This weekend I was able to visit my best friend, Heather, in Washington, DC—yay! It was so great to see her. We planned our get together this particular weekend because it was the National Book Festival.
Here are some of the highlights of the Saturday speakers:
Toni Morrison: Did you know that the Beloved author was also an editor for years and years? It was great to hear her talk about that side of her career!
Sarah Dessen: I loved her bit of writing ‘advice’: “I always eat two pieces of chocolate before writing.” Since she clearly had a fantastic writing career, I think I should just channel her talent by also having two pieces of chocolate before I write!
Katherine Paterson and John Rocco: I had already heard the fantastic Katherine Paterson speak last spring, but she surprised us by inviting John Rocco, the illustrator for Katherine and her husband John’s most recent book, The Flint Heart. I immediately liked John Rocco when he said: “I feel uneasy when I walk into people’s houses that don’t have books. As soon as I see bookshelves I feel comfortable. I know these are good people.”
Cassandra Clare: She told the most fantastic stories of her, Holly Black, and Sarah Rees Brennan doing research for their books. Like breaking into a deserted building on Roosevelt Island so Cassie could use it as a setting for her Mortal Instruments series and Holly horribly covering for her when the cops showed up…or Cassie driving Holly around in the trunk of her car so that Holly could accurately write about a kidnapping in her Curse Workers series…or the three traipsing around London taking pictures of Victorian buildings only to discover that there was a person in that window, and he was naked! Having met both Holly and Sarah I can just imagine the fun adventures they’ve had together!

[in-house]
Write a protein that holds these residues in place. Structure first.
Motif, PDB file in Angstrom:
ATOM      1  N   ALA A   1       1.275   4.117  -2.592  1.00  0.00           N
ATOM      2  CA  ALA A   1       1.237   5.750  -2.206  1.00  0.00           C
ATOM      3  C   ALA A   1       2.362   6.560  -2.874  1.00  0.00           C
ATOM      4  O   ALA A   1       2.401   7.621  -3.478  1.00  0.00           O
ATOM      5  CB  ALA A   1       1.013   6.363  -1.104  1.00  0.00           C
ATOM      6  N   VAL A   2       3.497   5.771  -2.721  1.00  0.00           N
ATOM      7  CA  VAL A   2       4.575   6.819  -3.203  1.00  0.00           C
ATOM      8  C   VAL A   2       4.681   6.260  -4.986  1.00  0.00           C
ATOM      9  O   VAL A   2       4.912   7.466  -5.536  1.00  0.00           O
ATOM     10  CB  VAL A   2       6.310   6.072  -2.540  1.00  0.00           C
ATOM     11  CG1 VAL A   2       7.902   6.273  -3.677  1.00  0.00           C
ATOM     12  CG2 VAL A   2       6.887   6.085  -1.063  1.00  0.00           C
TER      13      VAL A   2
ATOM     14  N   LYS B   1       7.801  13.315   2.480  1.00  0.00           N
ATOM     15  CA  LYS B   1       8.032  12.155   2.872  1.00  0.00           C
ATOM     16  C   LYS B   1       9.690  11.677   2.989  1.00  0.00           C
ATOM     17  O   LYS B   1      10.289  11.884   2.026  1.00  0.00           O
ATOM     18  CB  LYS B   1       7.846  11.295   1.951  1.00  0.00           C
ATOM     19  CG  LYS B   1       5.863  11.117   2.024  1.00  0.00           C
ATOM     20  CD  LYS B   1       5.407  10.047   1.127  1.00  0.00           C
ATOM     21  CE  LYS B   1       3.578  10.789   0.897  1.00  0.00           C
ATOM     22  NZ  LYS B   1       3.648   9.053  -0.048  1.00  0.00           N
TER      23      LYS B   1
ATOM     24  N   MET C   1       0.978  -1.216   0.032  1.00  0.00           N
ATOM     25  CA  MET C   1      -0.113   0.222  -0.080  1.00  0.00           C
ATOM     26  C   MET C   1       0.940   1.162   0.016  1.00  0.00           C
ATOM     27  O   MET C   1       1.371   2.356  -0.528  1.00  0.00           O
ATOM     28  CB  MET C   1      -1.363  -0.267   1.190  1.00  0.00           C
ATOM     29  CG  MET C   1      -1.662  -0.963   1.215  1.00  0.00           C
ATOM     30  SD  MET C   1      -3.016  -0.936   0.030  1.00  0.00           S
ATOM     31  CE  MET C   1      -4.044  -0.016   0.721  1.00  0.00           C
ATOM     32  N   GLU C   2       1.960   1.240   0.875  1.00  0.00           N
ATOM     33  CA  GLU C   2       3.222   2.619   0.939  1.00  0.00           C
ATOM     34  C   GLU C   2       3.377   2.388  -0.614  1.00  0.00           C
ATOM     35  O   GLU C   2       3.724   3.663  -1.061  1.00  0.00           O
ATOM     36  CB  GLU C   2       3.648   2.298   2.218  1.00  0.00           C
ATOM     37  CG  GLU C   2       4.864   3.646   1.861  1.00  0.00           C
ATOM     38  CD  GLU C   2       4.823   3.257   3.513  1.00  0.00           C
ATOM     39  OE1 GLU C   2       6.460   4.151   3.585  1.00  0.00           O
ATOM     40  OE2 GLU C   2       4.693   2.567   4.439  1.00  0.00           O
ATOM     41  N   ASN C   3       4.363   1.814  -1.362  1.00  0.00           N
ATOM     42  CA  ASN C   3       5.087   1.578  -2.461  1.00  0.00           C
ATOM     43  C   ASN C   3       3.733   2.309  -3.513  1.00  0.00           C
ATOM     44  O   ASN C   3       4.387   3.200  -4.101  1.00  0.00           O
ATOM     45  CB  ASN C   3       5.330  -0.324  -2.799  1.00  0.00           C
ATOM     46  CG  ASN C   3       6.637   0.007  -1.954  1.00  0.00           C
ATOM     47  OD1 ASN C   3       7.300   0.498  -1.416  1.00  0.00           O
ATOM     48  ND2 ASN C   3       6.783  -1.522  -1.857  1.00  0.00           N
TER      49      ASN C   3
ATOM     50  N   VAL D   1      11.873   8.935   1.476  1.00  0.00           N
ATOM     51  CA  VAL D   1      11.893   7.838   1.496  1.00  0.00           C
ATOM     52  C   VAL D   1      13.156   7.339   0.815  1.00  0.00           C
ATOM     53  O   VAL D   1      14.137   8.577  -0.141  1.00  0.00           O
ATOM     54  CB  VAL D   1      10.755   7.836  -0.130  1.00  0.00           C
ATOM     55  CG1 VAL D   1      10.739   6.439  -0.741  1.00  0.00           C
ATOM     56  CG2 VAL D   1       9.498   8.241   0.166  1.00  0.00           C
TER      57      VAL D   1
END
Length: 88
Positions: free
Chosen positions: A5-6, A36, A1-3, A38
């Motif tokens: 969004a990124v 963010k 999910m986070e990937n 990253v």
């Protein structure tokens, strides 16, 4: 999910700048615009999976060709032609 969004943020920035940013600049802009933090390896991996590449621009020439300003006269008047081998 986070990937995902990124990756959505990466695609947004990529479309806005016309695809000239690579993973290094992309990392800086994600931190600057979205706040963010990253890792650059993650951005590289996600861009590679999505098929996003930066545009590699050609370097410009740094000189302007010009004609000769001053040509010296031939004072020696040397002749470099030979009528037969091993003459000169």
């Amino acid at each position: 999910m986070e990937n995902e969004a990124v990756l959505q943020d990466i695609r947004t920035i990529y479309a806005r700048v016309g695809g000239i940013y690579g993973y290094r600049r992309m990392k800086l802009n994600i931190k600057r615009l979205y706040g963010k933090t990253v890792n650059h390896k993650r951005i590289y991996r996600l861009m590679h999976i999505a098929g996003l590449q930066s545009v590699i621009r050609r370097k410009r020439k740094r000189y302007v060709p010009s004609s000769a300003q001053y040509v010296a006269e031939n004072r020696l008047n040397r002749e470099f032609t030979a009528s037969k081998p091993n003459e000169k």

Brian Selznick: He is a genius. I’m sure of it. The amount of research that goes into his books is astounding and the way he pursues his projects really shows he thinks book making is art; it’s not just about the plot or characters, it’s about what turning a page means and how each word or image interacts with each other word and image but also the reader. I just could not believe how thoughtful he was. I haven’t yet read The Invention of Hugo Cabret or Wonderstruck—the $30 price tag is a bit high for my budget—but I’m definitely checking them out from the library asap and will hopefully catch the movie adaptation of his first book, Hugo, this winter.
So, there you have my and Heather’s adventures…I hope to return to the National Book Festival again next year!